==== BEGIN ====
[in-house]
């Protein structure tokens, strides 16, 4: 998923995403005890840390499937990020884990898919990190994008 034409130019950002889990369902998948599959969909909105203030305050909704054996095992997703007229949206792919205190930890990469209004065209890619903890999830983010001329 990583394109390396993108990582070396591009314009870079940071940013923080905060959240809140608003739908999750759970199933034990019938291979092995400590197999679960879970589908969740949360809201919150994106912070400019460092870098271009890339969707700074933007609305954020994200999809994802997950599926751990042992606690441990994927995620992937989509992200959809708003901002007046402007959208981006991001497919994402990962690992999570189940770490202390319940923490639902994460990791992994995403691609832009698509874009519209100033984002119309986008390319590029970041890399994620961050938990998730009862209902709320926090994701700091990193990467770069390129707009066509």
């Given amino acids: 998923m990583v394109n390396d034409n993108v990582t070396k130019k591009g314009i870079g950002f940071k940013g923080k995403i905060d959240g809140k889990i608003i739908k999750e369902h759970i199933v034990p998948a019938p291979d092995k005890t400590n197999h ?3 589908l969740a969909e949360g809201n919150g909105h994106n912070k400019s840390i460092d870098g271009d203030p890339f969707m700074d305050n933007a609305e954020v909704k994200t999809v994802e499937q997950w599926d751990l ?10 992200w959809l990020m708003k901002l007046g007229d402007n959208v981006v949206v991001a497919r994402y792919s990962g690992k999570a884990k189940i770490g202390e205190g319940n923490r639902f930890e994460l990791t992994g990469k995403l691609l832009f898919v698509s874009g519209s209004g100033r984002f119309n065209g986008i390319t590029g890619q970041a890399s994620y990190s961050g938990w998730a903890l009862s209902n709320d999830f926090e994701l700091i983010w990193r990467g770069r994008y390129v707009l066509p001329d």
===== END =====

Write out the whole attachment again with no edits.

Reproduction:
[in-house]
């Protein structure tokens, strides 16, 4: 998923995403005890840390499937990020884990898919990190994008 034409130019950002889990369902998948599959969909909105203030305050909704054996095992997703007229949206792919205190930890990469209004065209890619903890999830983010001329 990583394109390396993108990582070396591009314009870079940071940013923080905060959240809140608003739908999750759970199933034990019938291979092995400590197999679960879970589908969740949360809201919150994106912070400019460092870098271009890339969707700074933007609305954020994200999809994802997950599926751990042992606690441990994927995620992937989509992200959809708003901002007046402007959208981006991001497919994402990962690992999570189940770490202390319940923490639902994460990791992994995403691609832009698509874009519209100033984002119309986008390319590029970041890399994620961050938990998730009862209902709320926090994701700091990193990467770069390129707009066509």
């Given amino acids: 998923m990583v394109n390396d034409n993108v990582t070396k130019k591009g314009i870079g950002f940071k940013g923080k995403i905060d959240g809140k889990i608003i739908k999750e369902h759970i199933v034990p998948a019938p291979d092995k005890t400590n197999h ?3 589908l969740a969909e949360g809201n919150g909105h994106n912070k400019s840390i460092d870098g271009d203030p890339f969707m700074d305050n933007a609305e954020v909704k994200t999809v994802e499937q997950w599926d751990l ?10 992200w959809l990020m708003k901002l007046g007229d402007n959208v981006v949206v991001a497919r994402y792919s990962g690992k999570a884990k189940i770490g202390e205190g319940n923490r639902f930890e994460l990791t992994g990469k995403l691609l832009f898919v698509s874009g519209s209004g100033r984002f119309n065209g986008i390319t590029g890619q970041a890399s994620y990190s961050g938990w998730a903890l009862s209902n709320d999830f926090e994701l700091i983010w990193r990467g770069r994008y390129v707009l066509p001329d």